No-fault insurance, often referred to as personal injury protection (PIP) and/or medical payments (MEDPAY), can help cover you and your passengers’ medical expenses, loss of income and more in the event of an accident, no matter who is found “at fault.” If you live in a “no-fault” state, drivers are required to purchase no-fault coverage as part of their regular auto insurance policy. Other states are referred to as “tort” states.
12 states and Puerto Rico are no-fault states. Those states are:
- New Jersey
- New York
- North Dakota
*Pennsylvania law requires drivers to carry medical benefits coverage, not PIP specifically.
Some states on this list may offer drivers their choice of tort or no-fault coverage.
In Arizona, no-fault coverage is optional. When purchasing auto insurance, you may be required to either accept or reject no-fault coverage. Some auto insurance carriers do not offer this coverage up front so you may have to request it specifically as an add-on.
Do I need no-fault coverage?
No-fault coverage applies to you and your family regardless of who is at fault in the accident. It also applies to all passengers in the vehicle at the time of the accident. This coverage applies to practically all forms of medical care including reimbursement for out of pocket costs reasonably related to the auto accident. If you are injured in an accident, you do not need to worry about paying for the gaps in your medical care coverage: which sometimes includes ambulance rides, surgery, and urgent care.
Unlike health insurance, no-fault insurance has no requirement on providers for network status. In other words, no-fault coverage covers the provider YOU want to see, not the provider your insurance wants you to see.
However, no-fault coverage is no substitute for broader health insurance. Few companies are willing to sell more than $25,000 worth of MEDPAY coverage. Common MEDPAY limits are $1,000, $2,000, $5,000, $10,000 and $25,000.
PIP vs. MEDPAY
MEDPAY generally covers reasonable and necessary expenses for medical, surgical, dental, and chiropractic treatment. It also covers hospitalization, EMT or ambulance services, X-rays, lab tests, nursing services, prosthetic devices, and funeral services.
PIP, on the other hand, covers the same services as MEDPAY. But PIP also covers psychiatric, physical, occupational therapy and rehabilitation, plus any other professional health services (check your policy for exact details). In addition, PIP covers lost wages, reasonable costs other than medical and work-loss expenses and a small death benefit.
Like PIP, MEDPAY covers medical bills without regard to fault. However, MEDPAY only covers medical expenses, so it can’t help with other costs like income loss or childcare expenses.
MEDPAY’s biggest advantage is that it never makes the consumer pay deductibles or coinsurance for medical care, and it can pay for the deductibles, coinsurance and copays of other types of insurance, including your PIP coverage or reimburse you for cost already paid out of pocket.
No-fault insurance vs. Health insurance
Having both no-fault coverage and health insurance can be confusing for the policyholder.
If you have no-fault coverage as part of your car insurance, filing a claim requires several steps.
Generally, you pay for your treatment, but your insurance company will reimburse you. If you use no-fault coverage to cover medical expenses, tell the doctor or hospital your auto insurance will pay for the treatment.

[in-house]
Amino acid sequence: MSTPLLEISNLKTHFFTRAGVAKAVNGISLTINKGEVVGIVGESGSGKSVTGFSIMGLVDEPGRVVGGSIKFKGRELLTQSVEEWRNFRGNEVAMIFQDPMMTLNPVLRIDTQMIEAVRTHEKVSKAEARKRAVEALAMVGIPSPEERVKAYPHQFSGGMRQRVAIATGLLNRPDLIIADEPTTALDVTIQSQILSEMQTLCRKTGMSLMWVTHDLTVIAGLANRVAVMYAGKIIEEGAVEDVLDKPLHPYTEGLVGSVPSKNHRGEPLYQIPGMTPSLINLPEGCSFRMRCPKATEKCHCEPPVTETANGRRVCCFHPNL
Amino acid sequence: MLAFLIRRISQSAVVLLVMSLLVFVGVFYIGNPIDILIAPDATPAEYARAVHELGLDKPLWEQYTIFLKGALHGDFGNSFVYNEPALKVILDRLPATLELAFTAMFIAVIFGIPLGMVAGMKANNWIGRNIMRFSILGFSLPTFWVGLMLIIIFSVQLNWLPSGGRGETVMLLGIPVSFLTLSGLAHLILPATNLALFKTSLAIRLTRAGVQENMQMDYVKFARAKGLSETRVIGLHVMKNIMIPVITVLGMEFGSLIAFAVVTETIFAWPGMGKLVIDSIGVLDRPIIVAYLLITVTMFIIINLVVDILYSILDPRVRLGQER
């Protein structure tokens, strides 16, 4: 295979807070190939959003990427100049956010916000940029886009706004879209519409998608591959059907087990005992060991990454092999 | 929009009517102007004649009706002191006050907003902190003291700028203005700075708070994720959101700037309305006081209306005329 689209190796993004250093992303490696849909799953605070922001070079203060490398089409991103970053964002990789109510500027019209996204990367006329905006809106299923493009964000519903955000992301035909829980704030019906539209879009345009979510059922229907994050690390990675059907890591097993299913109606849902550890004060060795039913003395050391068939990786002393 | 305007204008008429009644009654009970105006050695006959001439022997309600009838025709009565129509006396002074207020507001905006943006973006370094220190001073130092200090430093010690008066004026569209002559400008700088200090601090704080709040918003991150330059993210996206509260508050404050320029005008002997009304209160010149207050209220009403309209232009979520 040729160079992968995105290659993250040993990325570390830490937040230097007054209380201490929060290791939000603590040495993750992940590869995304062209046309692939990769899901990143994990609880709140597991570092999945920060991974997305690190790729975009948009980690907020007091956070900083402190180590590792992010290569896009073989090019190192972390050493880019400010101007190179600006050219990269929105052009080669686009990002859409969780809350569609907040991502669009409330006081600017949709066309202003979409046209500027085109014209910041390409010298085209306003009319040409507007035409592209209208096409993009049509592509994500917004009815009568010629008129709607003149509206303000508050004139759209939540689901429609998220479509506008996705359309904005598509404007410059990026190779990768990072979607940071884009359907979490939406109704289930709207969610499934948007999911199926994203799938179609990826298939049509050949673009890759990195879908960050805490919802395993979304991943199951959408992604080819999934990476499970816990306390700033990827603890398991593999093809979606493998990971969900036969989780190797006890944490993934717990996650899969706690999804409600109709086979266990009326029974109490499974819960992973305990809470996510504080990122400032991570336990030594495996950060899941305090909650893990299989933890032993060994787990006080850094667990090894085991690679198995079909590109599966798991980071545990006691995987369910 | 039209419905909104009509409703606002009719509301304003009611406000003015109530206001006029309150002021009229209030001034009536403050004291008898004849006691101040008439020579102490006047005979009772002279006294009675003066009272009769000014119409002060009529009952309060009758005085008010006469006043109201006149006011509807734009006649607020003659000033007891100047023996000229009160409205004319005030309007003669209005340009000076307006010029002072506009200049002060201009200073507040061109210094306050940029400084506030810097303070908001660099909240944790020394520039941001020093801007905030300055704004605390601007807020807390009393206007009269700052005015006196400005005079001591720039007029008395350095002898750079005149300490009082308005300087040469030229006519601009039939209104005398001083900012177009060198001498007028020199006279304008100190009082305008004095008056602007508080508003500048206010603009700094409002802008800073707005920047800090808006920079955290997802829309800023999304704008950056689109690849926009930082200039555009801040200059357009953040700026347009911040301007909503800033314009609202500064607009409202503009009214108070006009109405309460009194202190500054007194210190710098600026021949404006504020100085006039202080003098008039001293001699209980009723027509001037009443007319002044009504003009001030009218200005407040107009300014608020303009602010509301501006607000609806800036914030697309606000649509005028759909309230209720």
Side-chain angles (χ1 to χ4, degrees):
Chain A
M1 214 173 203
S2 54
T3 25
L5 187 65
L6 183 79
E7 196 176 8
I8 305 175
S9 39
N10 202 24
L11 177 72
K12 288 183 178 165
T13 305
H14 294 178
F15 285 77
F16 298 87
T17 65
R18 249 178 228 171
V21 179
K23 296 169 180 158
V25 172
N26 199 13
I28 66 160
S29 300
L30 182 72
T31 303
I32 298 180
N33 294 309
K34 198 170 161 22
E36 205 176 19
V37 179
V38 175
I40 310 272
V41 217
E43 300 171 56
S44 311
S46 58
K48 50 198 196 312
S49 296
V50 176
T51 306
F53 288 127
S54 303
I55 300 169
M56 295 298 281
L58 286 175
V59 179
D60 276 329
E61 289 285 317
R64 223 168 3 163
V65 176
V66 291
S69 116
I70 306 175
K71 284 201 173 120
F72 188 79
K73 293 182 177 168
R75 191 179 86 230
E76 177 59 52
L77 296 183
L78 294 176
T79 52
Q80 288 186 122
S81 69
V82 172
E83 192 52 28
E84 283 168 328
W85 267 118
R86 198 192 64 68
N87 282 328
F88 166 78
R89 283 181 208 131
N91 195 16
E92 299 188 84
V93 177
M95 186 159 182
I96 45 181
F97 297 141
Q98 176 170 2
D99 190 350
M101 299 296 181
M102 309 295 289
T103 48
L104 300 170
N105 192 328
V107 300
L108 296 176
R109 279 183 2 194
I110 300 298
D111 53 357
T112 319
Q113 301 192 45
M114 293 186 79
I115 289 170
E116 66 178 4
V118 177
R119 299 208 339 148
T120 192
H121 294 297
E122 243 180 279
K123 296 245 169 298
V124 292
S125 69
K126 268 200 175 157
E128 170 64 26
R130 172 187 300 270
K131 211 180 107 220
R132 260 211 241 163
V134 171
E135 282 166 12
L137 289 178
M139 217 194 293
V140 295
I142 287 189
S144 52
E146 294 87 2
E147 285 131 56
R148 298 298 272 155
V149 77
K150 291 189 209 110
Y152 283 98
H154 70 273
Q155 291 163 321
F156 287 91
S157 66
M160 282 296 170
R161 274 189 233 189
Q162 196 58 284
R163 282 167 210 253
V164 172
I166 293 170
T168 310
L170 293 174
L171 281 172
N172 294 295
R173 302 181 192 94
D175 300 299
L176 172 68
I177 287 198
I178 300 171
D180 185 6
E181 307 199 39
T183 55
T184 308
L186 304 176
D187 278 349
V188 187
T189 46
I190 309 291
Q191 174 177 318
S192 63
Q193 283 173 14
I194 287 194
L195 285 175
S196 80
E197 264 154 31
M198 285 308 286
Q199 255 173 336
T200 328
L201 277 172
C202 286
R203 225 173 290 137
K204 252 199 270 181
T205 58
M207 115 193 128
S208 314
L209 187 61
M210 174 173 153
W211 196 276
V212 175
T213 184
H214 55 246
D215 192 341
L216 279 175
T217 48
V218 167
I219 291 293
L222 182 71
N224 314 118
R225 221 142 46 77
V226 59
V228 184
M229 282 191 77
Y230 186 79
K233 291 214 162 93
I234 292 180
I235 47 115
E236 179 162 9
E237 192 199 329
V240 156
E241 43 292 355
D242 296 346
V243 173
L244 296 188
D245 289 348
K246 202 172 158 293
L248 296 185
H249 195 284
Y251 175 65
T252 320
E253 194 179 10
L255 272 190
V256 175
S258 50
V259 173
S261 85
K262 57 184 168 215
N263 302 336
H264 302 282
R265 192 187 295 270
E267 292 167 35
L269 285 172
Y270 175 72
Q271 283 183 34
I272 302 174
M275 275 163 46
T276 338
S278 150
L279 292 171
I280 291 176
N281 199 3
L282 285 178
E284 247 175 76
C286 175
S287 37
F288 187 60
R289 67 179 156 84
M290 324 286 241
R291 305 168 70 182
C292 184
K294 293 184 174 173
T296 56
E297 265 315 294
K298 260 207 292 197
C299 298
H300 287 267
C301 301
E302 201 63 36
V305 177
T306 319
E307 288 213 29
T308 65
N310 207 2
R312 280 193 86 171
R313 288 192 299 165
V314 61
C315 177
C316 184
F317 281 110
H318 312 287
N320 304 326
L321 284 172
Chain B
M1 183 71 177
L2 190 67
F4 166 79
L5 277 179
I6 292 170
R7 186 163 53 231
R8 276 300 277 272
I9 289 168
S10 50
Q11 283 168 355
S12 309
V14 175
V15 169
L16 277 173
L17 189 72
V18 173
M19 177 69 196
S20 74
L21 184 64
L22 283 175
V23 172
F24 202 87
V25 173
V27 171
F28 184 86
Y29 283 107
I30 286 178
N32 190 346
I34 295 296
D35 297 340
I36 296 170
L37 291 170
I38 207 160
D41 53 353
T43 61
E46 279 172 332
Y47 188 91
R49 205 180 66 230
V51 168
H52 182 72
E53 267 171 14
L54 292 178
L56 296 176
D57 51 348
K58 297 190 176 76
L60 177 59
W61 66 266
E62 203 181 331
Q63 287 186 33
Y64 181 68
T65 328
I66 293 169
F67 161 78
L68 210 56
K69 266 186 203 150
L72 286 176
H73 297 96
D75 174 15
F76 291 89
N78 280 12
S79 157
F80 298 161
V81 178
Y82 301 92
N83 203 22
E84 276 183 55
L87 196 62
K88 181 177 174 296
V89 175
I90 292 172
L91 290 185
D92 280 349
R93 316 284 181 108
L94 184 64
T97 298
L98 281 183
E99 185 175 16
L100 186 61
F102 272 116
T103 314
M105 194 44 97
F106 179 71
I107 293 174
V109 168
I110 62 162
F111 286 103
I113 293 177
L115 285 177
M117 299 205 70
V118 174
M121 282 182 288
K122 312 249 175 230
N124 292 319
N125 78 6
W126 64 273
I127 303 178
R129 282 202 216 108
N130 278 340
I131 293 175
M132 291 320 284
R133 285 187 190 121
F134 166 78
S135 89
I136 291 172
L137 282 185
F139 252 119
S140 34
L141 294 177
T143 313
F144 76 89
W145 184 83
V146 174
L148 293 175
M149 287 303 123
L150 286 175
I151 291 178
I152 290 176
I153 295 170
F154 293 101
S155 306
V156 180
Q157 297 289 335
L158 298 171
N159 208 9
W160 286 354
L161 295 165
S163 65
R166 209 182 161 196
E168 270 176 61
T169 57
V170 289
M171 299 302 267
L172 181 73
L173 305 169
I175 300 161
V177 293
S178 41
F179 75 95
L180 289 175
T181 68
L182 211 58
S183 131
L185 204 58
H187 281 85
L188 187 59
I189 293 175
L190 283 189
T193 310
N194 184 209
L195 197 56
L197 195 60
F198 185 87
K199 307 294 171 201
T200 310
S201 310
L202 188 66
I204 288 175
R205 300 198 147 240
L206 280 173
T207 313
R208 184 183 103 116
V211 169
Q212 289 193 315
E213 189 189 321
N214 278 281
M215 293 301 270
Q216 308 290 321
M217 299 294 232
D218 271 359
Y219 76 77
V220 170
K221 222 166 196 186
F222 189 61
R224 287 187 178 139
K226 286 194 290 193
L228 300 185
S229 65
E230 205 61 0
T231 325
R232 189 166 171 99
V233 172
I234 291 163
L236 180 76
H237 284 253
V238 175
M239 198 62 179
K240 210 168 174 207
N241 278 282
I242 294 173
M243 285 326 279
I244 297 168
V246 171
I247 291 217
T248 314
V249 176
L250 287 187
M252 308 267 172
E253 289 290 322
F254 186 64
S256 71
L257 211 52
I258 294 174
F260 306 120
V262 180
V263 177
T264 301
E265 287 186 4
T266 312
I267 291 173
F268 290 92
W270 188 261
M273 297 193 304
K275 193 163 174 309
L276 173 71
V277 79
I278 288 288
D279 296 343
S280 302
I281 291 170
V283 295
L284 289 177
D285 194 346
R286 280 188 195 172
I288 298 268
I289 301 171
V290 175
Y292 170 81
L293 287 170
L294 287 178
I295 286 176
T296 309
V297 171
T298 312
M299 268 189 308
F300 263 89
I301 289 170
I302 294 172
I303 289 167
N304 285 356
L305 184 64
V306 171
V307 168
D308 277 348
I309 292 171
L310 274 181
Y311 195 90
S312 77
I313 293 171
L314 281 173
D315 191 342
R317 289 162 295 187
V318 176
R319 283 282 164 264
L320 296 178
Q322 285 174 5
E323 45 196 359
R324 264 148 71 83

Some insurance companies let the policyholder decide which coverage (no-fault or health insurance) to use. But your health care provider may require you to use your no-fault coverage first if you were injured in an auto accident. MEDPAY and PIP are designed for immediate and short-term care and generally used first. Once their limits are exhausted, your health insurance kicks in.
If you live in a state without no-fault insurance, and have MEDPAY or PIP on your auto policy, always use it first to pay for medical expenses related to car accidents. Your health insurer may deny coverage until you have exhausted your no-fault coverage or seek reimbursement for claims already processed.
Auto premiums and MEDPAY
The state of Arizona has laws in place to ensure insurance companies only raise your premiums if and when your risk as a driver increases. Whether or not you caused an accident does not influence coverage of MEDPAY, nor does using MEDPAY cause an increase in premium.
If you caused an accident and were determined to be at fault, that raises your risk. As a result, your premium goes up.
ARS Title 20, Chapter 2, Article 2, §20-263 vehicle insurance; prohibited act by insurer; hearing; penalty:
A. No insurer shall increase the motor vehicle insurance premium of an insured as a result of an accident not caused or significantly contributed to by the actions of the insured. Any insurer which increases the premium as a result of accident involvement shall notify the insured of the reason for such increase.
B. The director, after a hearing, shall order an insurer that has raised the premium of an insured in violation of subsection A to refund the amount attributable to such premium increase and shall impose a civil penalty not to exceed three hundred dollars. In determining whether an insurer has violated subsection A, the director may conduct such investigation as he deems necessary and the costs shall be paid by the insurer pursuant to section 20-159.
Told to use the other driver’s insurance first?
This is bad advice.
MedPay coverage and the other driver’s insurance have different responsibilities. Your MedPay will have a relatively low limit, and your insurer has to pay you immediately. In Arizona, you can use up to $5,000 of it before you have to pay your insurer back.
The at-fault driver’s policy only pays once all of your damages have been assessed. Given your treatment, that could take months and even years.